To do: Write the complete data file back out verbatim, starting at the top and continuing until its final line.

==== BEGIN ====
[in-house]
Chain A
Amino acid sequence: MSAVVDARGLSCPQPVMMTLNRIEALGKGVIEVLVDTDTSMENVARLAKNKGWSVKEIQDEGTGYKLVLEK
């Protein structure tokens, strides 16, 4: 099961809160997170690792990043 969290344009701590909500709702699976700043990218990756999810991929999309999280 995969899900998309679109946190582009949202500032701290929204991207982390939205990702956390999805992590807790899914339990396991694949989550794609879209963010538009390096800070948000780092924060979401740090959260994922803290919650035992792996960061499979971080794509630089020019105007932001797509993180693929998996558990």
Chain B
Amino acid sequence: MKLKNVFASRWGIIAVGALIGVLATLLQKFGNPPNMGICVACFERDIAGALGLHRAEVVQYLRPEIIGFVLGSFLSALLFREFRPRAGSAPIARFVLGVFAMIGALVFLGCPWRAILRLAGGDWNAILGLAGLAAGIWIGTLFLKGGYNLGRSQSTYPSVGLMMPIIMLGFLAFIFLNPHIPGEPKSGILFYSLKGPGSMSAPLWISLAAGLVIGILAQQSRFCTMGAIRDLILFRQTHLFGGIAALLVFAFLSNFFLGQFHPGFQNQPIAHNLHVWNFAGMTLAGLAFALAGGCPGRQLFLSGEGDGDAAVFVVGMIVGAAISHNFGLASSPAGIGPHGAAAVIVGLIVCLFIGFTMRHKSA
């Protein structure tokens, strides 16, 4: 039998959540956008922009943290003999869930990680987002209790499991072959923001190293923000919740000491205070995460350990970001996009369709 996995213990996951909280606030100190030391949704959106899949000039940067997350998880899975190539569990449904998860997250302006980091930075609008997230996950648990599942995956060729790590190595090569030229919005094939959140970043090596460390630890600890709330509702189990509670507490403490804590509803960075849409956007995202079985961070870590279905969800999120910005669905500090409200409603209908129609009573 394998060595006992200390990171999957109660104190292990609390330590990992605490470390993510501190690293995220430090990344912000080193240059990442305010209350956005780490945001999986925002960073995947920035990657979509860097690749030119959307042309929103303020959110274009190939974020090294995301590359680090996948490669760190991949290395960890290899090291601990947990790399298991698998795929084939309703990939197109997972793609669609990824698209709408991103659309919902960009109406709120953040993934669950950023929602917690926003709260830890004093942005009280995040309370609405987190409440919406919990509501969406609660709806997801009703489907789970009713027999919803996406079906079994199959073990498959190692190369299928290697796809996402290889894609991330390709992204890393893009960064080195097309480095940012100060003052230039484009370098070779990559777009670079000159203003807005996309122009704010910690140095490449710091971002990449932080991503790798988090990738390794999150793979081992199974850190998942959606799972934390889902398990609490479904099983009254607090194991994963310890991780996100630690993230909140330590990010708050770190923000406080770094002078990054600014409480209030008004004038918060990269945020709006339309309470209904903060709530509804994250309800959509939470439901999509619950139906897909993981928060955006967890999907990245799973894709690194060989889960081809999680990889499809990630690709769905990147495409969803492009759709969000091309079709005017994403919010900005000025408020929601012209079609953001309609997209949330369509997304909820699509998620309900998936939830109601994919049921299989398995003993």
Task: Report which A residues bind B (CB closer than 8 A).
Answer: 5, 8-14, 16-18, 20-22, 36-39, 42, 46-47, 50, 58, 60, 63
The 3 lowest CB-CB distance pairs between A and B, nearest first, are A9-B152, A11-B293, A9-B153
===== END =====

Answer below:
[in-house]
Chain A
Amino acid sequence: MSAVVDARGLSCPQPVMMTLNRIEALGKGVIEVLVDTDTSMENVARLAKNKGWSVKEIQDEGTGYKLVLEK
């Protein structure tokens, strides 16, 4: 099961809160997170690792990043 969290344009701590909500709702699976700043990218990756999810991929999309999280 995969899900998309679109946190582009949202500032701290929204991207982390939205990702956390999805992590807790899914339990396991694949989550794609879209963010538009390096800070948000780092924060979401740090959260994922803290919650035992792996960061499979971080794509630089020019105007932001797509993180693929998996558990």
Chain B
Amino acid sequence: MKLKNVFASRWGIIAVGALIGVLATLLQKFGNPPNMGICVACFERDIAGALGLHRAEVVQYLRPEIIGFVLGSFLSALLFREFRPRAGSAPIARFVLGVFAMIGALVFLGCPWRAILRLAGGDWNAILGLAGLAAGIWIGTLFLKGGYNLGRSQSTYPSVGLMMPIIMLGFLAFIFLNPHIPGEPKSGILFYSLKGPGSMSAPLWISLAAGLVIGILAQQSRFCTMGAIRDLILFRQTHLFGGIAALLVFAFLSNFFLGQFHPGFQNQPIAHNLHVWNFAGMTLAGLAFALAGGCPGRQLFLSGEGDGDAAVFVVGMIVGAAISHNFGLASSPAGIGPHGAAAVIVGLIVCLFIGFTMRHKSA
């Protein structure tokens, strides 16, 4: 039998959540956008922009943290003999869930990680987002209790499991072959923001190293923000919740000491205070995460350990970001996009369709 996995213990996951909280606030100190030391949704959106899949000039940067997350998880899975190539569990449904998860997250302006980091930075609008997230996950648990599942995956060729790590190595090569030229919005094939959140970043090596460390630890600890709330509702189990509670507490403490804590509803960075849409956007995202079985961070870590279905969800999120910005669905500090409200409603209908129609009573 394998060595006992200390990171999957109660104190292990609390330590990992605490470390993510501190690293995220430090990344912000080193240059990442305010209350956005780490945001999986925002960073995947920035990657979509860097690749030119959307042309929103303020959110274009190939974020090294995301590359680090996948490669760190991949290395960890290899090291601990947990790399298991698998795929084939309703990939197109997972793609669609990824698209709408991103659309919902960009109406709120953040993934669950950023929602917690926003709260830890004093942005009280995040309370609405987190409440919406919990509501969406609660709806997801009703489907789970009713027999919803996406079906079994199959073990498959190692190369299928290697796809996402290889894609991330390709992204890393893009960064080195097309480095940012100060003052230039484009370098070779990559777009670079000159203003807005996309122009704010910690140095490449710091971002990449932080991503790798988090990738390794999150793979081992199974850190998942959606799972934390889902398990609490479904099983009254607090194991994963310890991780996100630690993230909140330590990010708050770190923000406080770094002078990054600014409480209030008004004038918060990269945020709006339309309470209904903060709530509804994250309800959509939470439901999509619950139906897909993981928060955006967890999907990245799973894709690194060989889960081809999680990889499809990630690709769905990147495409969803492009759709969000091309079709005017994403919010900005000025408020929601012209079609953001309609997209949330369509997304909820699509998620309900998936939830109601994919049921299989398995003993």
Task: Report which A residues bind B (CB closer than 8 A).
Answer: 5, 8-14, 16-18, 20-22, 36-39, 42, 46-47, 50, 58, 60, 63
The 3 lowest CB-CB distance pairs between A and B, nearest first, are A9-B152, A11-B293, A9-B153